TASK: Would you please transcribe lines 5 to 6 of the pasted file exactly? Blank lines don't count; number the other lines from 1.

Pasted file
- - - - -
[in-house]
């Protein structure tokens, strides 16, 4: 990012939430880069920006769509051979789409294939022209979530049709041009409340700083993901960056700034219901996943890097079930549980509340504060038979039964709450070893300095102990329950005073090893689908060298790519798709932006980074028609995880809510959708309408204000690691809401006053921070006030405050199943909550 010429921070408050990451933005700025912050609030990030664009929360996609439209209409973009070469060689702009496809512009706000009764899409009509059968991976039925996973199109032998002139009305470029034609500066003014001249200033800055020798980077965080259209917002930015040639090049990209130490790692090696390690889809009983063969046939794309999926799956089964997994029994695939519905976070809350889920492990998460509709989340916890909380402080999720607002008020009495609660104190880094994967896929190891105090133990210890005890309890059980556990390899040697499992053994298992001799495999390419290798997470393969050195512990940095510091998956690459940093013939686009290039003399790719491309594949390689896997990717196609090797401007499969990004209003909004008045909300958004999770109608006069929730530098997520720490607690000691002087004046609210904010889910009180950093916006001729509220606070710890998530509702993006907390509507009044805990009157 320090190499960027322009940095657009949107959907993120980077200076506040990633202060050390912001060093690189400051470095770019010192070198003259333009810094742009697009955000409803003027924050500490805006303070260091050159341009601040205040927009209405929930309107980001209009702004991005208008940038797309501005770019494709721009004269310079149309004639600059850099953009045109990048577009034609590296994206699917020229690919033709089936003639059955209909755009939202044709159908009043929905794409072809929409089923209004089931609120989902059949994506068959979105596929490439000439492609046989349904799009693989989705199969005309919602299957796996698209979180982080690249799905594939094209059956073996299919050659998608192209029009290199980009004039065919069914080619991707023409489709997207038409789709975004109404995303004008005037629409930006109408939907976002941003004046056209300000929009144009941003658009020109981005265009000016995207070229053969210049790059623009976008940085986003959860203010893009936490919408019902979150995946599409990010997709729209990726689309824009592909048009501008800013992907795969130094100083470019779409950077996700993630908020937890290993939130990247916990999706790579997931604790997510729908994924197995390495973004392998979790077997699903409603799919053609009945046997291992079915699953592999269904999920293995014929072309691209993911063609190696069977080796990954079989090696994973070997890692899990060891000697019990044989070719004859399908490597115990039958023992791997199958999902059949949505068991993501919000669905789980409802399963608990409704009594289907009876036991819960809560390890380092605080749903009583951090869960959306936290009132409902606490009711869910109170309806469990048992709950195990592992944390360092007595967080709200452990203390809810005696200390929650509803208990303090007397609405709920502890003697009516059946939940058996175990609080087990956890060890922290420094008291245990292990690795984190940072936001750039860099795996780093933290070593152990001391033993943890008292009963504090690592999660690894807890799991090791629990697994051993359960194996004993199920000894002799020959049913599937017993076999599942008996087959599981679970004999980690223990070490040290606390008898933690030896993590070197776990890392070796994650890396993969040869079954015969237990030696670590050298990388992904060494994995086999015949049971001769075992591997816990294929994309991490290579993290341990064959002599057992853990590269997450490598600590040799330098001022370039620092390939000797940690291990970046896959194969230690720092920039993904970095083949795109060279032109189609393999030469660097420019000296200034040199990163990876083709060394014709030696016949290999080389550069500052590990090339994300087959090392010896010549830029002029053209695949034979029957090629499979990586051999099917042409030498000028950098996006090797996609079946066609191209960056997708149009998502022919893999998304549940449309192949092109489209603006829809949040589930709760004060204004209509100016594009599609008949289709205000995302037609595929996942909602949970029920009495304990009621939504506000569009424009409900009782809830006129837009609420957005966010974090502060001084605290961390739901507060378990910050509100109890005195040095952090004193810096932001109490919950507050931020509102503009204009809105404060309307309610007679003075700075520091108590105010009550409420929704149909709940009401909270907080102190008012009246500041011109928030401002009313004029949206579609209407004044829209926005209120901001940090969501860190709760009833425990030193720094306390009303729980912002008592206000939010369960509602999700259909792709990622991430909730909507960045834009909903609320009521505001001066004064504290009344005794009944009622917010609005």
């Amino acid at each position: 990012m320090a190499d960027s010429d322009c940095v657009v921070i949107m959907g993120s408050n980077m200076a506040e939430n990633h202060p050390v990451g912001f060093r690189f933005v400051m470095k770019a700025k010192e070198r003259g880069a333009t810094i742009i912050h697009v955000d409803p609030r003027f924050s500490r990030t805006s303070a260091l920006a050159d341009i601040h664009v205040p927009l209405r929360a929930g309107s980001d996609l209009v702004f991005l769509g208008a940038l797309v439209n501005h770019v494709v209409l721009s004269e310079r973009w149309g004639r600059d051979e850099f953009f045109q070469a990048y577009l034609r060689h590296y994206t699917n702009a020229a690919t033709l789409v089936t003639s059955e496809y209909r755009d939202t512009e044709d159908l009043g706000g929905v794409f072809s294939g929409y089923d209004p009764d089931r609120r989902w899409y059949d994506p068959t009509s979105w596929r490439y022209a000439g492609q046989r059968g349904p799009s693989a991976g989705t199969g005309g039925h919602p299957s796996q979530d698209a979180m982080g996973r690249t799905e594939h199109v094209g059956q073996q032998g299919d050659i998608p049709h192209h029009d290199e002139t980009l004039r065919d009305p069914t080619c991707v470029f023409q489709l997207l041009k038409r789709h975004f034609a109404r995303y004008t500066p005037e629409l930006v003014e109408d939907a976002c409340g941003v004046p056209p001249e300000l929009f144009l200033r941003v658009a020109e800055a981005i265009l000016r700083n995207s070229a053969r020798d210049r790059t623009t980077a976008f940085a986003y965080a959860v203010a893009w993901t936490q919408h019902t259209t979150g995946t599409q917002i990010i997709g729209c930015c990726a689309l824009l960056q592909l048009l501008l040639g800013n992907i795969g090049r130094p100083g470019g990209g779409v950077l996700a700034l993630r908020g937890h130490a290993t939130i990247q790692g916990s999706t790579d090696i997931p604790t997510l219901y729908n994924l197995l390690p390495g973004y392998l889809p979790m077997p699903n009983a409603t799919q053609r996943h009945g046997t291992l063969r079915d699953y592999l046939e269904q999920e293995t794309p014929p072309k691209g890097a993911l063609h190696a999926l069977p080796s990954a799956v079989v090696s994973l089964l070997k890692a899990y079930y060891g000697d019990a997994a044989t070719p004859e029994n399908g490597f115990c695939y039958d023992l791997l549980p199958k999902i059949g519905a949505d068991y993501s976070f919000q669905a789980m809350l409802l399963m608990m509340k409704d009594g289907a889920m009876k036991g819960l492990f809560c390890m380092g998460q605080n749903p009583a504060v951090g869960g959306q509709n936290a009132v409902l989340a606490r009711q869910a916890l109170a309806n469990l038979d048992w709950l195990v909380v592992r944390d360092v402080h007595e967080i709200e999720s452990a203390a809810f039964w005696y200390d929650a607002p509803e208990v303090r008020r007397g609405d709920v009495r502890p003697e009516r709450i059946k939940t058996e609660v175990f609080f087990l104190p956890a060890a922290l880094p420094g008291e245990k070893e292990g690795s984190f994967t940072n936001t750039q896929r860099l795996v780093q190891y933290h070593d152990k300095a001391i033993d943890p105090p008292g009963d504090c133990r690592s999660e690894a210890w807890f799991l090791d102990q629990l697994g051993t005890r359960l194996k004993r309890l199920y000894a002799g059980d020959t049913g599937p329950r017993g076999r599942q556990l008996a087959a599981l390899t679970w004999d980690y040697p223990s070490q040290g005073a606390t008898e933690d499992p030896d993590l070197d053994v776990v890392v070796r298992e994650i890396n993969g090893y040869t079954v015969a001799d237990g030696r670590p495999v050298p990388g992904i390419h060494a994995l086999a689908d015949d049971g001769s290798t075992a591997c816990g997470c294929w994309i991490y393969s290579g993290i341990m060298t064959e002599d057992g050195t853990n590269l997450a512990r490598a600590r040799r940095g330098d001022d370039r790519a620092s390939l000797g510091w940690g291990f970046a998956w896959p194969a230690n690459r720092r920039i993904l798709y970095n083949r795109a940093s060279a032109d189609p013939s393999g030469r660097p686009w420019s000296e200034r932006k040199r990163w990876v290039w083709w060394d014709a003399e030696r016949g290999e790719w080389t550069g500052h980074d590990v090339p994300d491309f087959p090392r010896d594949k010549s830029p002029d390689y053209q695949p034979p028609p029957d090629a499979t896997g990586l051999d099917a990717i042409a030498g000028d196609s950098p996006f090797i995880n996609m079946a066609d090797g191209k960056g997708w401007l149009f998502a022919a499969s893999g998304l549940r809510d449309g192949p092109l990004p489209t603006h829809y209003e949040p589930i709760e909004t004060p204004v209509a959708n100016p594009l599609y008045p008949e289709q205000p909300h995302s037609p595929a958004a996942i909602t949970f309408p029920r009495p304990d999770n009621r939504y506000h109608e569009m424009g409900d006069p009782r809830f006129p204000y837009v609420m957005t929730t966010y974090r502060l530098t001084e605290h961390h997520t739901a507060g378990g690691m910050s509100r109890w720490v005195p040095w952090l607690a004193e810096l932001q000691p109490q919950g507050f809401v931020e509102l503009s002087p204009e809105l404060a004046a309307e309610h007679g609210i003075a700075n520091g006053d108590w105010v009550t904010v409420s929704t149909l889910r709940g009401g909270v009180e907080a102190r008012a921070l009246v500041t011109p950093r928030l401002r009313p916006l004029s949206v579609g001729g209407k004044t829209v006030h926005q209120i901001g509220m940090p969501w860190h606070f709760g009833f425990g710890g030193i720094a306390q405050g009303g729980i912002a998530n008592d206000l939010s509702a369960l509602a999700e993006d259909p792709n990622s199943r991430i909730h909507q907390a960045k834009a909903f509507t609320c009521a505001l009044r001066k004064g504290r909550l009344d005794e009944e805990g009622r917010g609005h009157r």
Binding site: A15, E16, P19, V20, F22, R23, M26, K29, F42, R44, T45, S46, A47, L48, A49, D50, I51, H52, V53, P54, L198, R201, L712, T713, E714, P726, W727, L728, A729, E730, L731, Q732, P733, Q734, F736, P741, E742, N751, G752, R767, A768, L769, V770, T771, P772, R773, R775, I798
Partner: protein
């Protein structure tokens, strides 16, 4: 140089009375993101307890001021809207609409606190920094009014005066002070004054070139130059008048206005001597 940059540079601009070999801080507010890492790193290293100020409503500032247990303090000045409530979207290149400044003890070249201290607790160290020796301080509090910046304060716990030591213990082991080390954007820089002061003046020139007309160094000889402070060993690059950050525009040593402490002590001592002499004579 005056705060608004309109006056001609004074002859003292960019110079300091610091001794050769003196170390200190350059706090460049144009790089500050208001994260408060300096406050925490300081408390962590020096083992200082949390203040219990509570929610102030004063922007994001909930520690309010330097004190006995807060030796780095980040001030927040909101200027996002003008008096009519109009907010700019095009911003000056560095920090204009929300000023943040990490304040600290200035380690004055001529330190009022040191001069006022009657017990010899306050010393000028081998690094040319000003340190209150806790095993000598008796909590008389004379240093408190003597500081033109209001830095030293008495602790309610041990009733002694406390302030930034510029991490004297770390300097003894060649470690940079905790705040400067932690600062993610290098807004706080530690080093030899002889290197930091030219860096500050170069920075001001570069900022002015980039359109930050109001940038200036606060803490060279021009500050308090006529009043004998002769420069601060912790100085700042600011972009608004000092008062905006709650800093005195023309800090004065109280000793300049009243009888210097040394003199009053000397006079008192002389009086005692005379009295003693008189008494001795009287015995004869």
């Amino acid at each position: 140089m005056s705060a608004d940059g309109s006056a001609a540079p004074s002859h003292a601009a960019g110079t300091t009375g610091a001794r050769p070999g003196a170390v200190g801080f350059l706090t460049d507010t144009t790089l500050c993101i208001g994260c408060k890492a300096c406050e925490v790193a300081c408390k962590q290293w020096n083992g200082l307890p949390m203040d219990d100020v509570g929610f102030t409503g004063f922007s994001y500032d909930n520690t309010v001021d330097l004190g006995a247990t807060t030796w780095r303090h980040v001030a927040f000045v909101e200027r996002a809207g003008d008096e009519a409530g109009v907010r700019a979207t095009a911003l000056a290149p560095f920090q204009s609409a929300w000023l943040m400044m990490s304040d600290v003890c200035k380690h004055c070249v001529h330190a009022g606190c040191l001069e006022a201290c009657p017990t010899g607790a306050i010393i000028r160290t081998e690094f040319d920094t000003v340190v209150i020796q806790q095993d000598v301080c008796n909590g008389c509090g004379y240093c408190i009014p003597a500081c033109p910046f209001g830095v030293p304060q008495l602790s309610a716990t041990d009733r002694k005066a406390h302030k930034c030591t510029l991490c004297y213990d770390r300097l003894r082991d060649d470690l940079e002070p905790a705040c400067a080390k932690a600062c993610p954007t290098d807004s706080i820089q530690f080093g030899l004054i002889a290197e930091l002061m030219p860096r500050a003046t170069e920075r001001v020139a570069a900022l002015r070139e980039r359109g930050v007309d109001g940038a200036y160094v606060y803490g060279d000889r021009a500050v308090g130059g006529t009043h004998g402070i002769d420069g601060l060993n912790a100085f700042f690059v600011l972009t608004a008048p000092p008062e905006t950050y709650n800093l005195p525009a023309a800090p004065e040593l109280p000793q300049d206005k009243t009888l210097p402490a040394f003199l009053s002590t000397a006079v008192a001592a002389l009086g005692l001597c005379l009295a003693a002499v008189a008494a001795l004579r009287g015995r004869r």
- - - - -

Partner: protein
């Protein structure tokens, strides 16, 4: 140089009375993101307890001021809207609409606190920094009014005066002070004054070139130059008048206005001597 940059540079601009070999801080507010890492790193290293100020409503500032247990303090000045409530979207290149400044003890070249201290607790160290020796301080509090910046304060716990030591213990082991080390954007820089002061003046020139007309160094000889402070060993690059950050525009040593402490002590001592002499004579 005056705060608004309109006056001609004074002859003292960019110079300091610091001794050769003196170390200190350059706090460049144009790089500050208001994260408060300096406050925490300081408390962590020096083992200082949390203040219990509570929610102030004063922007994001909930520690309010330097004190006995807060030796780095980040001030927040909101200027996002003008008096009519109009907010700019095009911003000056560095920090204009929300000023943040990490304040600290200035380690004055001529330190009022040191001069006022009657017990010899306050010393000028081998690094040319000003340190209150806790095993000598008796909590008389004379240093408190003597500081033109209001830095030293008495602790309610041990009733002694406390302030930034510029991490004297770390300097003894060649470690940079905790705040400067932690600062993610290098807004706080530690080093030899002889290197930091030219860096500050170069920075001001570069900022002015980039359109930050109001940038200036606060803490060279021009500050308090006529009043004998002769420069601060912790100085700042600011972009608004000092008062905006709650800093005195023309800090004065109280000793300049009243009888210097040394003199009053000397006079008192002389009086005692005379009295003693008189008494001795009287015995004869």